- William Stewart Halsted performed first mastectomies in 1882
- Halsted performed radical mastectomies, which remained the standard until the 1970’s
- During the 70’s, with realization that breast cancer as systemic illness as well as localized one, led to more sparing procedures which proved just as effective
- First Breast Cancer clinical study conducted by Janet Lane-Claypon in 1926. Comparative study of 500 breast cancer cases for British Ministry of Health
Prominent Women who beat Breast Cancer
Suzanne Somers: Even wrote a book about her 2000 battle with breast cancer
Sandra Day O’Connor: Former Supreme Court Justice and breast cancer survivor
Nancy Reagan: Former First Lady and breast cancer survivor
Nancy Brinker: founder and CEO of Susan G. Komen for the Cure
Janelle Hail: Founder of National Breast Cancer Foundation
Sheryl Crow: Grammy Winner and Breast Cancer Survivor
Types of Breast Cancer
Ductal Carcinoma in Situ (DCIS): Most common type of non-invasive breast cancer. Cancer cells are located inside the ducts, but haven’t spread through the walls of the ducts into the surrounding breast tissue. Nearly 1 out of every 5 new cases is DCIS. Survival rate very high when caught at an early stage.
Invasive (or infiltrating) Ductal Carcinoma (IDC): Most common type of breast cancer. IDC begins in the milk dust of the breast, spreads through the duct wall, and grows into the fatty tissue of the breast. Once that happens, it can metastasize to other areas of the body through the bloodstream and lymphatic system. Nearly 8 of 10 invasive breast cancers are IDC.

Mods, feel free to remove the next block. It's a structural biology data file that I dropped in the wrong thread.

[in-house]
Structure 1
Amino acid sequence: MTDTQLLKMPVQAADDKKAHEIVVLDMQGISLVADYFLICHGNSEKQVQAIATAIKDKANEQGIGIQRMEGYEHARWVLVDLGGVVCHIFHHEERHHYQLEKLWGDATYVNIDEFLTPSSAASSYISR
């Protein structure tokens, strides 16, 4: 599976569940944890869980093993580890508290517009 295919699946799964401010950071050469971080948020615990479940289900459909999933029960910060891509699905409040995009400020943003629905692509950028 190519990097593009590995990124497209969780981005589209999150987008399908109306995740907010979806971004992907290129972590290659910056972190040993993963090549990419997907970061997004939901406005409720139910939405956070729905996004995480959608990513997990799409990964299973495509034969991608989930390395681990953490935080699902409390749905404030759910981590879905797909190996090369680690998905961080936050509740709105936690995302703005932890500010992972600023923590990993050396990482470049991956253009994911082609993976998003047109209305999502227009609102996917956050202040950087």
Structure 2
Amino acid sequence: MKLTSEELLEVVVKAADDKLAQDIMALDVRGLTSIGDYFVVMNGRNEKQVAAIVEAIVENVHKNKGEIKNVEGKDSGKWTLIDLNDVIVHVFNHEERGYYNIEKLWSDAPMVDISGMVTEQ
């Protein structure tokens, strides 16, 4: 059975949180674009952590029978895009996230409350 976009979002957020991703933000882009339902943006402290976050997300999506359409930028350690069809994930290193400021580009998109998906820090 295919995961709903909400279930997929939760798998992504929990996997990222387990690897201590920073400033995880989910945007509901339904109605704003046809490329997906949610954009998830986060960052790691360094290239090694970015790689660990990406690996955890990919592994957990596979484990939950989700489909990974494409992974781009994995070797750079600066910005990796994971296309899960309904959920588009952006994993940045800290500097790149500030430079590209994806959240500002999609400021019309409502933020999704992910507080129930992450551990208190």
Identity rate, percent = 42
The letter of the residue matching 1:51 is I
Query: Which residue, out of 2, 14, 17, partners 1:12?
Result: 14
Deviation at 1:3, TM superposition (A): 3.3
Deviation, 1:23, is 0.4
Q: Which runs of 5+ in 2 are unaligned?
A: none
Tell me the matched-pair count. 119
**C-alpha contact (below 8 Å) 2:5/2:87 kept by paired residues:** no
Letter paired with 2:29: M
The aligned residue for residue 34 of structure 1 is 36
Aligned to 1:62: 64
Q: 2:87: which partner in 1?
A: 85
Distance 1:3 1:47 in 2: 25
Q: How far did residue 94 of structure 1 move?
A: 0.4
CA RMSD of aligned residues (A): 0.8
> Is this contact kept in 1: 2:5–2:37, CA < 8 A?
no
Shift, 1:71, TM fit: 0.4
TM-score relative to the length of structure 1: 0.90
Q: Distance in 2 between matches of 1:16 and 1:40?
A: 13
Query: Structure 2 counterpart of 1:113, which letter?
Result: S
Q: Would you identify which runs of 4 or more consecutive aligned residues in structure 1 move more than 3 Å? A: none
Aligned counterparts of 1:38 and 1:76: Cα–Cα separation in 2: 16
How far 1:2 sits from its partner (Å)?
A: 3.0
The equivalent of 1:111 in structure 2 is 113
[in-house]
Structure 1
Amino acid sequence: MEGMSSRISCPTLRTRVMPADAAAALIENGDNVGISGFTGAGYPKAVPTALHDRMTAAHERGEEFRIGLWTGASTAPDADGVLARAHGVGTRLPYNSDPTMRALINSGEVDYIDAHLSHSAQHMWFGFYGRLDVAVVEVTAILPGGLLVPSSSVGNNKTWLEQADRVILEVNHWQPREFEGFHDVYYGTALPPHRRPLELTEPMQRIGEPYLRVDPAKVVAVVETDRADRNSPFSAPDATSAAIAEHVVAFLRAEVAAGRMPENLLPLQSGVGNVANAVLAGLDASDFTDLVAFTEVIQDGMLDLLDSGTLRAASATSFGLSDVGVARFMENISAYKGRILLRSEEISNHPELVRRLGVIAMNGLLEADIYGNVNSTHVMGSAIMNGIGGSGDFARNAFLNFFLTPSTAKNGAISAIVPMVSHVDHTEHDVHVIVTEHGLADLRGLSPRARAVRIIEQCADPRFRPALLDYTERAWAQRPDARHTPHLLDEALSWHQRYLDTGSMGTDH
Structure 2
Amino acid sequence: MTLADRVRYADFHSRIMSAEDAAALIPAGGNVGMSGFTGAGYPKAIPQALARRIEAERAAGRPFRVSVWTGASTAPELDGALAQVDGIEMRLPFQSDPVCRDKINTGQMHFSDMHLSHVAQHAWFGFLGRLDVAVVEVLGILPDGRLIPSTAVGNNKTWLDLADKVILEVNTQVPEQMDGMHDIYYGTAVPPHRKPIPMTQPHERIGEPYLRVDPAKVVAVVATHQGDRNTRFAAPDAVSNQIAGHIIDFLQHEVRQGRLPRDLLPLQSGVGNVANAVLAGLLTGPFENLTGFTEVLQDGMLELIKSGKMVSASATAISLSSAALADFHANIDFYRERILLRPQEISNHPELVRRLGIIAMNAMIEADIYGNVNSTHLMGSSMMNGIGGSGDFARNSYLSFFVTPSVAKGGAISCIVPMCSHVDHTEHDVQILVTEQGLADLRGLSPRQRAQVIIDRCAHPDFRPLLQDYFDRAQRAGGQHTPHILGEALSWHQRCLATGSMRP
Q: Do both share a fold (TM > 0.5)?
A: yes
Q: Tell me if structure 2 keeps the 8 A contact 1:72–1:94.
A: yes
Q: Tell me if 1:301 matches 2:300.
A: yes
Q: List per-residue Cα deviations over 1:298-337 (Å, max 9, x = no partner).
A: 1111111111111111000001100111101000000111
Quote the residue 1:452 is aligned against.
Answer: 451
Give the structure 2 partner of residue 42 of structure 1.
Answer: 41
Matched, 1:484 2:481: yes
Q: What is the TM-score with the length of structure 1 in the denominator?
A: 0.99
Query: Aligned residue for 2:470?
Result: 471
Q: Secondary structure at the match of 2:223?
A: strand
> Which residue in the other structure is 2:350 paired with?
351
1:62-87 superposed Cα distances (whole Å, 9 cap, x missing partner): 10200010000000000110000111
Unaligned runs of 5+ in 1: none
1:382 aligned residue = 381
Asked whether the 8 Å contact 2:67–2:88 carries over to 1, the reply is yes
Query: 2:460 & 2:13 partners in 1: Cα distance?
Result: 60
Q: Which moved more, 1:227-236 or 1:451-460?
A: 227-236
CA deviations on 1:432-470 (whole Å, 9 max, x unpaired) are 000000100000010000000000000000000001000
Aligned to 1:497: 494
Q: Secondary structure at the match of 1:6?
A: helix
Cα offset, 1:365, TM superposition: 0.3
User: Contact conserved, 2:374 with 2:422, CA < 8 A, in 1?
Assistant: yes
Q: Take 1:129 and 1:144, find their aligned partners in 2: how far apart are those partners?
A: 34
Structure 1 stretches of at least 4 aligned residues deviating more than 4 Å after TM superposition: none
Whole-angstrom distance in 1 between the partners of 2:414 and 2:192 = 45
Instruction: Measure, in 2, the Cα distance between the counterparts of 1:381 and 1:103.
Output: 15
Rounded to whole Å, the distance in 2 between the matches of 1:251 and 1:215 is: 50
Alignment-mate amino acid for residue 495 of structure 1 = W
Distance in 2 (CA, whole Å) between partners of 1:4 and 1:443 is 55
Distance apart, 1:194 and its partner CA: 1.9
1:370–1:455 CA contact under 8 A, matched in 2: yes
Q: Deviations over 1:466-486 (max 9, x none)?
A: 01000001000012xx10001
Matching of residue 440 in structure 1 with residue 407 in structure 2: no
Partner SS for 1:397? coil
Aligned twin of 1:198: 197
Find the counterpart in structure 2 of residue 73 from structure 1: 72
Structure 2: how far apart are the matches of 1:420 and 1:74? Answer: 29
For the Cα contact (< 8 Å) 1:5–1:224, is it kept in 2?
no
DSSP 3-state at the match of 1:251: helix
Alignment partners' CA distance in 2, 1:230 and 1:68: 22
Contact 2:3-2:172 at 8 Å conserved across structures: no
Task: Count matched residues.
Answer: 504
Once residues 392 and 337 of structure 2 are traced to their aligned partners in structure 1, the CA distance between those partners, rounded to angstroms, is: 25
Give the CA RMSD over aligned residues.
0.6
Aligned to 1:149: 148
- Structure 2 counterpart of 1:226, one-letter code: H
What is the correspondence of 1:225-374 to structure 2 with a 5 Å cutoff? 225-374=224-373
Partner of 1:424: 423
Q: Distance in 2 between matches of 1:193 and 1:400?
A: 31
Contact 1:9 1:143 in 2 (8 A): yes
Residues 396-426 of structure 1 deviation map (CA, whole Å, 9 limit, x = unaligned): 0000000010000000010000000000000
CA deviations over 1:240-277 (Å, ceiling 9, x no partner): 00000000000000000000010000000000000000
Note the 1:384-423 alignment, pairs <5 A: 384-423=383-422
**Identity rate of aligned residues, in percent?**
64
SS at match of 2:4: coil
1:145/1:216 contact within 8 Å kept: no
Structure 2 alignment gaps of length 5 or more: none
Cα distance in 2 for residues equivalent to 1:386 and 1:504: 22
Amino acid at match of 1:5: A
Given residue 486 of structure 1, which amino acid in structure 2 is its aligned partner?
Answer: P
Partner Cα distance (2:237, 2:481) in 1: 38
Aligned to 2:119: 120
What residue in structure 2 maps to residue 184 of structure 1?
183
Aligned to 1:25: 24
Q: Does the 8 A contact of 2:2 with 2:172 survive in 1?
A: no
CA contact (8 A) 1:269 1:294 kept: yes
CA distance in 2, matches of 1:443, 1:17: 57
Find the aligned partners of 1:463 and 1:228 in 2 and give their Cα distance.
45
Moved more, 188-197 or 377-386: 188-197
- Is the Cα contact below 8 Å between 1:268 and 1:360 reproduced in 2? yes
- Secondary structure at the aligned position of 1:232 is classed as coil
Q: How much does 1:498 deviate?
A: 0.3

Invasive Lobular Carcinoma (ILC): Begins in the milk-producing glands of the breast. Capable of metastasizing to other parts of the body like IDC. Only 1 of every 10 invasive breast cancers is ILC. Can be harder to detect with a mammogram than IDC.
Less Common Forms of Breast Cancer
Inflammatory breast cancer (IBC): Makes up only about 1 to 3% of all breast cancer cases. Usually produces on lump or tumor.
Triple-negative breast cancers: Breast cancer cells lack estrogen receptors and progesterone receptors, no excess HER2 protein.
Paget Disease of the Nipple: Originates in breast ducts and spreads areola. Accounts for 1% of all cases of breast cancer.
Phyllodes Tumor: Very rare form of breast tumor which develops in the connective tissue of the breast.
Angiosarcoma: This type of cancer starts in cells that line blood vessels or lymph vessels. Only on rare occasion does it occur in the breasts.
Common Symptoms or Signs of Breast Cancer:
- A lump
- Skin Inflammation
- Unexplained weight loss
Importance of Breast Cancer Screenings, Mammography, and Self-Exams
Women need to be aware of the importance of checking their breasts for cancer before there are any signs of cancer, this is why breast cancer screening is so important.
Regular breast cancer screenings still remains the best way to lower your risk of dying from breast cancer. These screenings help find the disease at an earlier stage when it is more treatable.
Women are advised to be screened for breast cancer once a year starting at age 40.
Interested in making a donation?
Imagine a world where women would not have to worry if they were going to be one of close to 230,000 new cases diagnosed that year?
Donations are used to fund breast cancer research, screening, treatment, and education.